Sunday, July 29, 2007
If you love obscure art films, historic cinema, independent flicks and just plain can't-see-it-in-a megaplex movies, then the Film Forum is your kinda place. The Film Forum in New York City's premier independent movie house and a sort-of spiritual destination for the city's film aficionados. Film Forum also showcases directors and experts in its talks and Q&A's, offering audiences a unique way to gain a deeper appreciation for the films it lovingly showcases. Some of these talks are even available via podcasting!
I've seen Into Great Silence and Fritz Lang's masterpiece Metropolis at the Film Forum, and loved the theater itself as well as being surrounded by other obsessed cinema stalkers. A non-profit institution, you can donate or become a member to support the important work of the institution.
Bonus: Thanks to a tip from culture vulture Jeff, I found out that August is NYC Noir month at Film Forum, featuring crime-ridden, haunting and shuddersome flicks set in our beloved New York City (the crime-ridden, haunting and shuddersome NYC of pre-Giuliani days). You can see two films back to back in a double feature and really make it an event.
Wednesday, July 25, 2007
Yep, the reviews are thru the roof, as they should be. Patti LuPone, that master of New York City Broadway theater, absolutely nails it as Rose in City Center's production of Gypsy. Considered by many the classic American musical, Gypsy is the birthplace of beloved show tunes and follows the rags-to-burlesque-riches making of Gypsy Rose Lee.
I could go on and on about the tingle-inducing voice of LuPone and her amazingly human and heartbreaking characterization of a born-in-the-wrong-time, stage-mother-from-hell. At a time when the scandalous antics of youngsters Lindsey Lohan and Miss Britney have us outraged at parental apathy and fame fanaticism, this tale of the mother-made stripper Gypsy Rose Lee is timely and just a little scary. Even with Laura Benanti's empowered gal, Dita von Tease approach to the character, we still mourn the innocent little girl Louise that was.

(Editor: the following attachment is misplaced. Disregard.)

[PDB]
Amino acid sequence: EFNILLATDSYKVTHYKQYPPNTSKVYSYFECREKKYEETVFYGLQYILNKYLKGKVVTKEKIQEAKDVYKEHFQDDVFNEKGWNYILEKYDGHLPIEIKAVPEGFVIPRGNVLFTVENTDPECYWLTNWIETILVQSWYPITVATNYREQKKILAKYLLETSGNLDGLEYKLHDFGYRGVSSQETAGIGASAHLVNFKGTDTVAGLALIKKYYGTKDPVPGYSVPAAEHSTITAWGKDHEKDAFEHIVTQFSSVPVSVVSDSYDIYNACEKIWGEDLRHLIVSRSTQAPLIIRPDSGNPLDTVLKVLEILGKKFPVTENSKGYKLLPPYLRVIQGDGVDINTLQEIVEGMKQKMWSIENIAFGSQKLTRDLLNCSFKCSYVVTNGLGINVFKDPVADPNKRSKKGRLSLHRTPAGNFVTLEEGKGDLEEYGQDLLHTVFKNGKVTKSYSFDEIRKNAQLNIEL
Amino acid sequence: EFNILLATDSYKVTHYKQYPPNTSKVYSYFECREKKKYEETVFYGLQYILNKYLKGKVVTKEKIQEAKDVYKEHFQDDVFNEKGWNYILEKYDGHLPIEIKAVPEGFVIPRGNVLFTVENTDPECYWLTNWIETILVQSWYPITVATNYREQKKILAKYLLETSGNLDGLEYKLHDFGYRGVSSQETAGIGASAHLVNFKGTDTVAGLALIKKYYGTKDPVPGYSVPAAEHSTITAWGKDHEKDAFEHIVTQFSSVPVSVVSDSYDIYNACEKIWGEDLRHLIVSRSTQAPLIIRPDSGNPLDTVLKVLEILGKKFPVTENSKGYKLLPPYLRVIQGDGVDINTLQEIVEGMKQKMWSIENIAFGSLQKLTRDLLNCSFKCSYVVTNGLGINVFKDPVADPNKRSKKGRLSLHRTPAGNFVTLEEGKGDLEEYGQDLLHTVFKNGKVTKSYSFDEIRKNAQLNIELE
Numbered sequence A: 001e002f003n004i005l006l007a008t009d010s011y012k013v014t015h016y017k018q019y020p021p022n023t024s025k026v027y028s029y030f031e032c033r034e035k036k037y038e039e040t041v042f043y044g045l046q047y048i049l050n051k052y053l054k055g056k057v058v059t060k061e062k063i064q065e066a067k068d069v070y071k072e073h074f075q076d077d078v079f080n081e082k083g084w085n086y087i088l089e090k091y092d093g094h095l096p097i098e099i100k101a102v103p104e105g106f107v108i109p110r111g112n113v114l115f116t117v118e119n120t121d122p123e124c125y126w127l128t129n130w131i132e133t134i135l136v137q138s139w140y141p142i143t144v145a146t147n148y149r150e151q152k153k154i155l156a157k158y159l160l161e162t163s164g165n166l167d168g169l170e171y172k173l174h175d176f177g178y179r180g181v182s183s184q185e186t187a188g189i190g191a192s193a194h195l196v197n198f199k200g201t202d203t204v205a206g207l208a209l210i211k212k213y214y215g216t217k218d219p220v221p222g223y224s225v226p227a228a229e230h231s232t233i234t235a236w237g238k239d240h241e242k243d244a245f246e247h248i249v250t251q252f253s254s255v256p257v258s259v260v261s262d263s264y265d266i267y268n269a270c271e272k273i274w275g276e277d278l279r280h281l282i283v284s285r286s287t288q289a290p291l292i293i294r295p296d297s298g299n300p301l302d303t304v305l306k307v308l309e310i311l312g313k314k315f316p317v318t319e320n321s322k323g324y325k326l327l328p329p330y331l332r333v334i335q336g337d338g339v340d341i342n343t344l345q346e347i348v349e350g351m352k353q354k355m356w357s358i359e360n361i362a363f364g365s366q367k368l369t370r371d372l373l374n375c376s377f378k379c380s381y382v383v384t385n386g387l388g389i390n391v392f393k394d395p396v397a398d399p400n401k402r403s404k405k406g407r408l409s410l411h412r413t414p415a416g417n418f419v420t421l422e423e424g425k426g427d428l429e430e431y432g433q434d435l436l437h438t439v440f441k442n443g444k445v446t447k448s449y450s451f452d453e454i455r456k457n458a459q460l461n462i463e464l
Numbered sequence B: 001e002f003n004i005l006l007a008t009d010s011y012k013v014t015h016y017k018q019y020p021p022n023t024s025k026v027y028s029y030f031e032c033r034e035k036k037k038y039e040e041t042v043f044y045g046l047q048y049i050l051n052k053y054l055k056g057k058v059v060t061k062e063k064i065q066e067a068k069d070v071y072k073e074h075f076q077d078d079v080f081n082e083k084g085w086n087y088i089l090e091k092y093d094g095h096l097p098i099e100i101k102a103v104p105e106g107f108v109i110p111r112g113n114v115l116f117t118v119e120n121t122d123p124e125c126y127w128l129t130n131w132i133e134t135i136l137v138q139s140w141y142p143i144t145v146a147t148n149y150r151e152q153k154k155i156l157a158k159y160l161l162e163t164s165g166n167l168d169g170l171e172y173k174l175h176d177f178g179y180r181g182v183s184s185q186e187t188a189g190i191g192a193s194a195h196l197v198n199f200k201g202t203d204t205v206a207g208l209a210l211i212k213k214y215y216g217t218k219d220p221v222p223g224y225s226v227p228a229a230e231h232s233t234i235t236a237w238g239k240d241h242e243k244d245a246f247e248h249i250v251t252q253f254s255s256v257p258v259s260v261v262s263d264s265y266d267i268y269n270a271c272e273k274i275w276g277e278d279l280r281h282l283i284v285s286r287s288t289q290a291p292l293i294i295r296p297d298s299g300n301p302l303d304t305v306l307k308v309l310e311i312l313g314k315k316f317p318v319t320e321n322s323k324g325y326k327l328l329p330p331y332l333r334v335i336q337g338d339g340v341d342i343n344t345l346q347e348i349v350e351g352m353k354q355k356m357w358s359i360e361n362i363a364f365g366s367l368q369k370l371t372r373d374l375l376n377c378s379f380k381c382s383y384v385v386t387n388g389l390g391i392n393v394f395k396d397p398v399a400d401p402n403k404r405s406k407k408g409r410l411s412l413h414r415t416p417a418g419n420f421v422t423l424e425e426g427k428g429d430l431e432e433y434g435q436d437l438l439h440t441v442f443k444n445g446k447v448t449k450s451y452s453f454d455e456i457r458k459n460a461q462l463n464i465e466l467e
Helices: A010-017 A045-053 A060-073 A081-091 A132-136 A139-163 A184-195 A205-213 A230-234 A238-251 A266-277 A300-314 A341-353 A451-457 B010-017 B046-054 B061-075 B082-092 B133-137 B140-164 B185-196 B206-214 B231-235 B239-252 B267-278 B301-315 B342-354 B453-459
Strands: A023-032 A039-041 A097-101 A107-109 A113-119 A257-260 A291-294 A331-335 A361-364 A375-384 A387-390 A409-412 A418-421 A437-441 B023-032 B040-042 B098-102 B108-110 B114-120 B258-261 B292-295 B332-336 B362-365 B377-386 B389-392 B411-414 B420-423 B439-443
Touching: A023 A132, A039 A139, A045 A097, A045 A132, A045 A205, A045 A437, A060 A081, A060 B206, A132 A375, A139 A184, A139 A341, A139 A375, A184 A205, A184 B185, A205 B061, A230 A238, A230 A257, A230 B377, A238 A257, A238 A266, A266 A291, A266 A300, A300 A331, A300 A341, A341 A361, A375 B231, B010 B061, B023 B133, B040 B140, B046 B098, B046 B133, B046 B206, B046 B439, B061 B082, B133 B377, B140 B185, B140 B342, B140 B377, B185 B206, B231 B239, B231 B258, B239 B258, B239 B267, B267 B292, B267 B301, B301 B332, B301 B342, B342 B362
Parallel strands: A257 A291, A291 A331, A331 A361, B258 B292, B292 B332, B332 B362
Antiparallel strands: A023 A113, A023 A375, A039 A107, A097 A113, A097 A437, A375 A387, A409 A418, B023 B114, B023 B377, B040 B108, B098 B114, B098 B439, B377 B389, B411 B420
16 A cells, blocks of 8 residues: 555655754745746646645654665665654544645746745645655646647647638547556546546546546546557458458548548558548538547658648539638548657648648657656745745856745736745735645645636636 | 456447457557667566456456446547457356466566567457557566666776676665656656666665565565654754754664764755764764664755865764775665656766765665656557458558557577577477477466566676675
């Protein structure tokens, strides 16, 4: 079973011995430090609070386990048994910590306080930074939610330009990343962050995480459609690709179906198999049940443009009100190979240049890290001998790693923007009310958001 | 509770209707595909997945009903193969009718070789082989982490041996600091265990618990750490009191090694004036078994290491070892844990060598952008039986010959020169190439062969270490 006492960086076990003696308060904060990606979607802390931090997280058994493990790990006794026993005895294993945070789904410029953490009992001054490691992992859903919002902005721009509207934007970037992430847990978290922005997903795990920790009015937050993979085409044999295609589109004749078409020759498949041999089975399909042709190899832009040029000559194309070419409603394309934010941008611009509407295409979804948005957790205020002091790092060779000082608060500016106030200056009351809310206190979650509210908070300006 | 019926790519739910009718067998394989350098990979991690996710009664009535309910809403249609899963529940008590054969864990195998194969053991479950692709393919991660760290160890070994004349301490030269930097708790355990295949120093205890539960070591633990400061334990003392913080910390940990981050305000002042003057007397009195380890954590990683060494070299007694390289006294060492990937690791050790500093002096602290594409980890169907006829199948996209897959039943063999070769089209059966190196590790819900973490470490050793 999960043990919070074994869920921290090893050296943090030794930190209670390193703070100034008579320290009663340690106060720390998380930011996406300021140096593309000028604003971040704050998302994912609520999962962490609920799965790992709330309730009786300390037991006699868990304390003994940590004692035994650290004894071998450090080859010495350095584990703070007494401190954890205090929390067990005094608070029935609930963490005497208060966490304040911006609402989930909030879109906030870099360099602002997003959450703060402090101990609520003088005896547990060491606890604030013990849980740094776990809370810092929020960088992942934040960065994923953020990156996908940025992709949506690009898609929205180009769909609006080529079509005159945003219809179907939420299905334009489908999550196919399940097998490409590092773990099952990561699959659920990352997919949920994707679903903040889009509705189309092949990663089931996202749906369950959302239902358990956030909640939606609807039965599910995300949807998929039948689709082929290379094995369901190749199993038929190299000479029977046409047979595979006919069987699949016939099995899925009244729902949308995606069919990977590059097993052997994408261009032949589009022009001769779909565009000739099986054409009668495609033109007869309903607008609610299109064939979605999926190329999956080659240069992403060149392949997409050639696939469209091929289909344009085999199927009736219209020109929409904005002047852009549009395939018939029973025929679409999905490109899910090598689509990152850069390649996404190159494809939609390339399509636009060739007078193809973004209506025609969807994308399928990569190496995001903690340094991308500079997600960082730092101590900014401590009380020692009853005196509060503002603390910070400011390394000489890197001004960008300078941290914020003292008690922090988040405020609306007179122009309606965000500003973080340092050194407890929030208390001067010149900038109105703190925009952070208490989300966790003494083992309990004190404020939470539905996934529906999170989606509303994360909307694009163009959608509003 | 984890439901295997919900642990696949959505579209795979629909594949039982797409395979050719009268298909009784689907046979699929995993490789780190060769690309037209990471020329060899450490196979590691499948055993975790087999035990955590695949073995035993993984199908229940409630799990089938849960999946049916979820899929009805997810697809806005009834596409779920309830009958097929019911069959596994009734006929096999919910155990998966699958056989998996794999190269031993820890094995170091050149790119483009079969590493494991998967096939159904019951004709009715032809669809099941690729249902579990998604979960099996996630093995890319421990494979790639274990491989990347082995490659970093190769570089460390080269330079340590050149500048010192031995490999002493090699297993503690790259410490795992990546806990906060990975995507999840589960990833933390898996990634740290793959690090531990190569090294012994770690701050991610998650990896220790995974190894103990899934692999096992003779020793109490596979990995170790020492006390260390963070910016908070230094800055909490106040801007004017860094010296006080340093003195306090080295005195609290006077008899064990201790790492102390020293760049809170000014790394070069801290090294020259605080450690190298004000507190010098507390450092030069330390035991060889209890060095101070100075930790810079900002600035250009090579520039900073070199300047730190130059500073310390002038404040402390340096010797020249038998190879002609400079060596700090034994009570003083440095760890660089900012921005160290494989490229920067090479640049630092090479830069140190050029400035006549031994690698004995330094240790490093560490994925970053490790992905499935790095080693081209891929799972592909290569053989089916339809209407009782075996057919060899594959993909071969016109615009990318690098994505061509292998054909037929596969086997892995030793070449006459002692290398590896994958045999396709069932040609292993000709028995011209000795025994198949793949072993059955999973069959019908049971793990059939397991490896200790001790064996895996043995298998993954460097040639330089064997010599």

But ultimately, this isn't about current day morality or celebrity or silly antics for the paparazzi. Through LuPone's performance, we get the heartbreak of a wanna-be artist stifled by society, motherhood and a mistrust of the conventional. Her climactic musical rant of regret against an unfair life delivers such a punch it had the uber-enthusiastic crowd on its feet. This production best go to Broadway, because to lose LuPone's performance into theatrical ether would be tragic.
Monday, July 23, 2007
Taking advantage of the international theater offered in the Lincoln Center Festival 2007 was an obvious outing, given my recent obsession with that preeminent cultural institution. Luckily, I had the opportunity to experience the crazed, irreverent and hysterically spontaneous De Monstruos y Prodigios: La Historia de los Castrati presented by the Mexican theatrical company Teatro de Ciertos Habitantes.